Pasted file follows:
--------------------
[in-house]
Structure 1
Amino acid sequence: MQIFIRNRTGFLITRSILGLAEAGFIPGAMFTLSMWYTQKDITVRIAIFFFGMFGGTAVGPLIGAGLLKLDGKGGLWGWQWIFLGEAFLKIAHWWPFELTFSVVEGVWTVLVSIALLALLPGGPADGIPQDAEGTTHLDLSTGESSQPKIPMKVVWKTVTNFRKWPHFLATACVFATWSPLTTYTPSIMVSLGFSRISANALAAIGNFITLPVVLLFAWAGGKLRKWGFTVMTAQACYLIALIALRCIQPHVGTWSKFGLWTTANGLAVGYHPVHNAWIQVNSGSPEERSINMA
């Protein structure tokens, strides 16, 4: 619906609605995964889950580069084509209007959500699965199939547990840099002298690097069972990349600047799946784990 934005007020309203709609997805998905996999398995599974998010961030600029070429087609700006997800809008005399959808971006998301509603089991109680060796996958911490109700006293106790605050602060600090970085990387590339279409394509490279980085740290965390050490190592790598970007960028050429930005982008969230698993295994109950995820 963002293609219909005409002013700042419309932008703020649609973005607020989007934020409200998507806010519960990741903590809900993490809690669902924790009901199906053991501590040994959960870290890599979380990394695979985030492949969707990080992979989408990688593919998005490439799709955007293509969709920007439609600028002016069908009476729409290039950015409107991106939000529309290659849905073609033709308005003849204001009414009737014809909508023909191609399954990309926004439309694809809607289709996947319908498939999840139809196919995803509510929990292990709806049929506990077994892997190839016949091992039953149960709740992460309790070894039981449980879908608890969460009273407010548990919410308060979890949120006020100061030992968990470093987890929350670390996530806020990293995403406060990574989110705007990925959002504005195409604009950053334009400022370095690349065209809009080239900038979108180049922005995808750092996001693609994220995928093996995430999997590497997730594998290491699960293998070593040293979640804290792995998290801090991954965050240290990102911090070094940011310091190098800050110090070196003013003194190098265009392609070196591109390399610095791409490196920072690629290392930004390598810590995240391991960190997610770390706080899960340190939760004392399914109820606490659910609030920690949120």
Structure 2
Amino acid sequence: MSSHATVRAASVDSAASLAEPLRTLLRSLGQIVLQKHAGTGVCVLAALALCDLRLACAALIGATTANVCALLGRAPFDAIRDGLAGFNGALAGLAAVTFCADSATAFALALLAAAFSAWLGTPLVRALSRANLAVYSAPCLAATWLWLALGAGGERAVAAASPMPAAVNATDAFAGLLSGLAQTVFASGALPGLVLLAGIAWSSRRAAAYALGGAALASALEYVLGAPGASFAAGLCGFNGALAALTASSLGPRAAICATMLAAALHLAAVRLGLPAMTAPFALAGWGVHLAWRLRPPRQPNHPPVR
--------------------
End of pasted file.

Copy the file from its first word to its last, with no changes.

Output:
[in-house]
Structure 1
Amino acid sequence: MQIFIRNRTGFLITRSILGLAEAGFIPGAMFTLSMWYTQKDITVRIAIFFFGMFGGTAVGPLIGAGLLKLDGKGGLWGWQWIFLGEAFLKIAHWWPFELTFSVVEGVWTVLVSIALLALLPGGPADGIPQDAEGTTHLDLSTGESSQPKIPMKVVWKTVTNFRKWPHFLATACVFATWSPLTTYTPSIMVSLGFSRISANALAAIGNFITLPVVLLFAWAGGKLRKWGFTVMTAQACYLIALIALRCIQPHVGTWSKFGLWTTANGLAVGYHPVHNAWIQVNSGSPEERSINMA
């Protein structure tokens, strides 16, 4: 619906609605995964889950580069084509209007959500699965199939547990840099002298690097069972990349600047799946784990 934005007020309203709609997805998905996999398995599974998010961030600029070429087609700006997800809008005399959808971006998301509603089991109680060796996958911490109700006293106790605050602060600090970085990387590339279409394509490279980085740290965390050490190592790598970007960028050429930005982008969230698993295994109950995820 963002293609219909005409002013700042419309932008703020649609973005607020989007934020409200998507806010519960990741903590809900993490809690669902924790009901199906053991501590040994959960870290890599979380990394695979985030492949969707990080992979989408990688593919998005490439799709955007293509969709920007439609600028002016069908009476729409290039950015409107991106939000529309290659849905073609033709308005003849204001009414009737014809909508023909191609399954990309926004439309694809809607289709996947319908498939999840139809196919995803509510929990292990709806049929506990077994892997190839016949091992039953149960709740992460309790070894039981449980879908608890969460009273407010548990919410308060979890949120006020100061030992968990470093987890929350670390996530806020990293995403406060990574989110705007990925959002504005195409604009950053334009400022370095690349065209809009080239900038979108180049922005995808750092996001693609994220995928093996995430999997590497997730594998290491699960293998070593040293979640804290792995998290801090991954965050240290990102911090070094940011310091190098800050110090070196003013003194190098265009392609070196591109390399610095791409490196920072690629290392930004390598810590995240391991960190997610770390706080899960340190939760004392399914109820606490659910609030920690949120």
Structure 2
Amino acid sequence: MSSHATVRAASVDSAASLAEPLRTLLRSLGQIVLQKHAGTGVCVLAALALCDLRLACAALIGATTANVCALLGRAPFDAIRDGLAGFNGALAGLAAVTFCADSATAFALALLAAAFSAWLGTPLVRALSRANLAVYSAPCLAATWLWLALGAGGERAVAAASPMPAAVNATDAFAGLLSGLAQTVFASGALPGLVLLAGIAWSSRRAAAYALGGAALASALEYVLGAPGASFAAGLCGFNGALAALTASSLGPRAAICATMLAAALHLAAVRLGLPAMTAPFALAGWGVHLAWRLRPPRQPNHPPVR